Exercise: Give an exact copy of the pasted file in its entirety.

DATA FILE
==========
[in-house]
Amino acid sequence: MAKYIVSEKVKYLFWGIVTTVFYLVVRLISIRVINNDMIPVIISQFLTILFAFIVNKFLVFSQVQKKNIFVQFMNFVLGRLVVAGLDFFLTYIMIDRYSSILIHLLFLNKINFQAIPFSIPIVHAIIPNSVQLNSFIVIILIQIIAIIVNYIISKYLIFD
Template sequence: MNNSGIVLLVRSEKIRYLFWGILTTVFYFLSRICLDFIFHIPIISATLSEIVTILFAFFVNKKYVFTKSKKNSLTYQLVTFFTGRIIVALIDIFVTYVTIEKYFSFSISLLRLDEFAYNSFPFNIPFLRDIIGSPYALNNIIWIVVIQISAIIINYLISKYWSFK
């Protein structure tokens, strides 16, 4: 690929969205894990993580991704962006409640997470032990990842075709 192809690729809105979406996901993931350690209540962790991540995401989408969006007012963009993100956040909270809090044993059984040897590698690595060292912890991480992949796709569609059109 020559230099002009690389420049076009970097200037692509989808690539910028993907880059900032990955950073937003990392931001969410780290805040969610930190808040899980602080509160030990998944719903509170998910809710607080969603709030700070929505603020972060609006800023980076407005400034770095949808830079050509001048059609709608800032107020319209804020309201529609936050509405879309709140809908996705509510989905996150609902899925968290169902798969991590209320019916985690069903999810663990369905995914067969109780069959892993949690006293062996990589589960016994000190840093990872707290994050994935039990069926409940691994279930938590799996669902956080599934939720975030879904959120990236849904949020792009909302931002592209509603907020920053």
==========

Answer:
[in-house]
Amino acid sequence: MAKYIVSEKVKYLFWGIVTTVFYLVVRLISIRVINNDMIPVIISQFLTILFAFIVNKFLVFSQVQKKNIFVQFMNFVLGRLVVAGLDFFLTYIMIDRYSSILIHLLFLNKINFQAIPFSIPIVHAIIPNSVQLNSFIVIILIQIIAIIVNYIISKYLIFD
Template sequence: MNNSGIVLLVRSEKIRYLFWGILTTVFYFLSRICLDFIFHIPIISATLSEIVTILFAFFVNKKYVFTKSKKNSLTYQLVTFFTGRIIVALIDIFVTYVTIEKYFSFSISLLRLDEFAYNSFPFNIPFLRDIIGSPYALNNIIWIVVIQISAIIINYLISKYWSFK
């Protein structure tokens, strides 16, 4: 690929969205894990993580991704962006409640997470032990990842075709 192809690729809105979406996901993931350690209540962790991540995401989408969006007012963009993100956040909270809090044993059984040897590698690595060292912890991480992949796709569609059109 020559230099002009690389420049076009970097200037692509989808690539910028993907880059900032990955950073937003990392931001969410780290805040969610930190808040899980602080509160030990998944719903509170998910809710607080969603709030700070929505603020972060609006800023980076407005400034770095949808830079050509001048059609709608800032107020319209804020309201529609936050509405879309709140809908996705509510989905996150609902899925968290169902798969991590209320019916985690069903999810663990369905995914067969109780069959892993949690006293062996990589589960016994000190840093990872707290994050994935039990069926409940691994279930938590799996669902956080599934939720975030879904959120990236849904949020792009909302931002592209509603907020920053």